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Does Church Membership Really Matter?

Does Church Membership Really Matter?

To the modern ear, the notion of church membership can sound odd, intimidating, or even abusive. Should we care about church membership and, if so, why?


Why do I need to be a member of a church? Can’t I just attend and be involved?

There’s a couple of great benefits to church membership. The first is the commitment of yourself to a group of people. I want to be clear, when you’re becoming a member of a church, you’re not becoming a member of some abstract entity. What you’re doing is becoming a member of a body, you’re becoming part of a body. The body is people. So, you’re adjoining yourself to people. So in church membership, you’re saying, you are the people whom I am particularly choosing to love, to use my gifts to serve. On the other hand, you’re joining into this church and inviting those people to particularly serve you. And so as Christians, yes we owe love to all man and we owe special love to all Christians, but each one of us has to have a focus, we can’t love everyone equally. And so church membership is really our way of saying, I’m setting my focus on you, you’re setting your focus on me.

Another great benefit is the benefit of discipline. Now, that sounds like a bad thing but, because church membership has an in, it also has an out. You can be put out of church membership. And I think when we’re at our best in life spiritually, we join a church and really see the value of it. But when we’re at our worst, that’s where the church discipline can be a huge means of grace in our life where a church is coming to us and saying, are you following the Lord? We don’t think you’re following the Lord. If you don’t turn from this sin and repent we’ll have to put you out of the membership. I think that can be a means, and we’ve seen this in our church, a means God uses to turn us away from our sin and draw us back to ourselves. So, many many benefits of being a member of a church.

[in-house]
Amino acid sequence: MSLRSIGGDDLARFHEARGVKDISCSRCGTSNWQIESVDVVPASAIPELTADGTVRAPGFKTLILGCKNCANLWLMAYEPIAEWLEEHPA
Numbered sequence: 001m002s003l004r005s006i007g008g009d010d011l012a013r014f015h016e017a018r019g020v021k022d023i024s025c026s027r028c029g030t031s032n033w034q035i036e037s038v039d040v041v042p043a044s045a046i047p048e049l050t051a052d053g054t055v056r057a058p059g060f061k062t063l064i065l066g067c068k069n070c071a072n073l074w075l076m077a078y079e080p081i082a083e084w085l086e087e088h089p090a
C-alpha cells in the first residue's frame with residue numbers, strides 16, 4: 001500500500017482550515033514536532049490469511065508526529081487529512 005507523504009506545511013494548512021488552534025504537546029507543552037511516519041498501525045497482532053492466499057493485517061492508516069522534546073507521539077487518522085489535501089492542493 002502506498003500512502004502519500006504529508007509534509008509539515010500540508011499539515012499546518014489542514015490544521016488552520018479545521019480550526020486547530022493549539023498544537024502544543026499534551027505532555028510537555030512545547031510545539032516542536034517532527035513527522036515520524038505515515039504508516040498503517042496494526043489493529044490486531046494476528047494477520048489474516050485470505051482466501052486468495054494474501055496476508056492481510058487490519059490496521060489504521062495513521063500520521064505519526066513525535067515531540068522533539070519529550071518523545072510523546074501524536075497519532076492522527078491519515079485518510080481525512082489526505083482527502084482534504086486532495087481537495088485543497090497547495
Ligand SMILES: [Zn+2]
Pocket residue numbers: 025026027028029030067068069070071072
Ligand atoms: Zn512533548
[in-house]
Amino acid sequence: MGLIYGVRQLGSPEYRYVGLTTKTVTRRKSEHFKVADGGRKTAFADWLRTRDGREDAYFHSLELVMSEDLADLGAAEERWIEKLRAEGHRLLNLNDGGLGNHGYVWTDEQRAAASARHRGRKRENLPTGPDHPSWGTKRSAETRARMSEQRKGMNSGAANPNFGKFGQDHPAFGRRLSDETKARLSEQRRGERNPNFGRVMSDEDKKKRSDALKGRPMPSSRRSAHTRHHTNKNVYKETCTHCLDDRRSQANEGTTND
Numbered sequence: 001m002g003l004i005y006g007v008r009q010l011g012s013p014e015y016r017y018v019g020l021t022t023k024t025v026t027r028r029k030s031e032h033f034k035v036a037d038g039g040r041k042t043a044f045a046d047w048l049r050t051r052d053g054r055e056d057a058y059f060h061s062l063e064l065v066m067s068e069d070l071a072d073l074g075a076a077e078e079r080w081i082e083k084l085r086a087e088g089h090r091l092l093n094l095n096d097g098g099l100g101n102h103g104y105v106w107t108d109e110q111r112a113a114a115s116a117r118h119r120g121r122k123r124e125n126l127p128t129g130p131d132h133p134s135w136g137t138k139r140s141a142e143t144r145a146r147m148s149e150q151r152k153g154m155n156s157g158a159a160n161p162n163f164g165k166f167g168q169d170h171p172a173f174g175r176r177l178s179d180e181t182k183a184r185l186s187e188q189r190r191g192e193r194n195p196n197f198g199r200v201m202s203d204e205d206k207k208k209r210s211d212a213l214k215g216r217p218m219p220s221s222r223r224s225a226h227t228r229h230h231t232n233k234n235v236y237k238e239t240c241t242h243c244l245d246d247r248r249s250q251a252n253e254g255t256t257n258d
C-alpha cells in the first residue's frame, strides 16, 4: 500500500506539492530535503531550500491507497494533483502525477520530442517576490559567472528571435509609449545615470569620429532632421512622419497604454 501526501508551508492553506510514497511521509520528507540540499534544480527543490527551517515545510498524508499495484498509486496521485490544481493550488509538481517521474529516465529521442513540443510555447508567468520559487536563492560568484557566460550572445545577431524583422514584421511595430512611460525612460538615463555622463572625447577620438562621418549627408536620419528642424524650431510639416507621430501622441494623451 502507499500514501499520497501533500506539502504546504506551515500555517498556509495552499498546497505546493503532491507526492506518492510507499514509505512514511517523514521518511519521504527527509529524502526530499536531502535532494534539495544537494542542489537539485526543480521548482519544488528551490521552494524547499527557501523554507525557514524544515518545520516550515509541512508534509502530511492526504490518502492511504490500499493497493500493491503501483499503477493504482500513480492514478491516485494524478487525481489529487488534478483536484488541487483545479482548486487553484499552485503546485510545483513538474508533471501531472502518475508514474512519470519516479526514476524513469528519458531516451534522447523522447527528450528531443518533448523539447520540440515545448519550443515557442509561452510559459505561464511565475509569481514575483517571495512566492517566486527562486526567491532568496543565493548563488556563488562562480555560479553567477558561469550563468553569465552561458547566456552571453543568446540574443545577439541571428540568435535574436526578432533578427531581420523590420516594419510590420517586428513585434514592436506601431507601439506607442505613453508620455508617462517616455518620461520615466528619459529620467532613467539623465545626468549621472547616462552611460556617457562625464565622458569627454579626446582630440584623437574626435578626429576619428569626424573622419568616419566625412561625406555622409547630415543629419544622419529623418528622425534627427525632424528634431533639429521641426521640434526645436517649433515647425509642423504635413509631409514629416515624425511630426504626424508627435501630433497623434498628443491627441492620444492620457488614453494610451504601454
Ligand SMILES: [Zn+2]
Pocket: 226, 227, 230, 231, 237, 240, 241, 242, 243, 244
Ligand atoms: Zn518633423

What does the Bible say about church membership?

If you go reading through the New Testament, you won’t find chapter and verse that says you must be a member of a church, you won’t find the word, church membership anywhere in the New Testament. But that’s not to say it isn’t described, not to say we don’t see it in there. I think one of the clearest ways we see it, is in Matthew 18, where Jesus is talking about conflict resolution and ultimately about a kind of church discipline. And what we see there, is that the end of the path of discipline is putting people out. So they’re treated as gentiles and tax collectors. Which is to say, treated as unbelievers. But in order to be put out of that body, they must first have been in. Not everybody’s in, just those who have chosen to be in. So I think we see there some idea of membership. Some people have chosen to associate themselves with a church, put themselves under the authority of certain leaders, now they’re being put out.

We see in Paul’s letter to Timothy, talking about widows, and some are enrolled. Which would seem to say, there’s some, there’s many widows in the community, there might be some attending the church, but there’s a few particular ones who are enrolled because presumably, they’re members of the church. And we see this throughout the New Testament, this idea that there’s some who are in, some who are out. Those who are in, are the ones who have really committed themselves to that local church.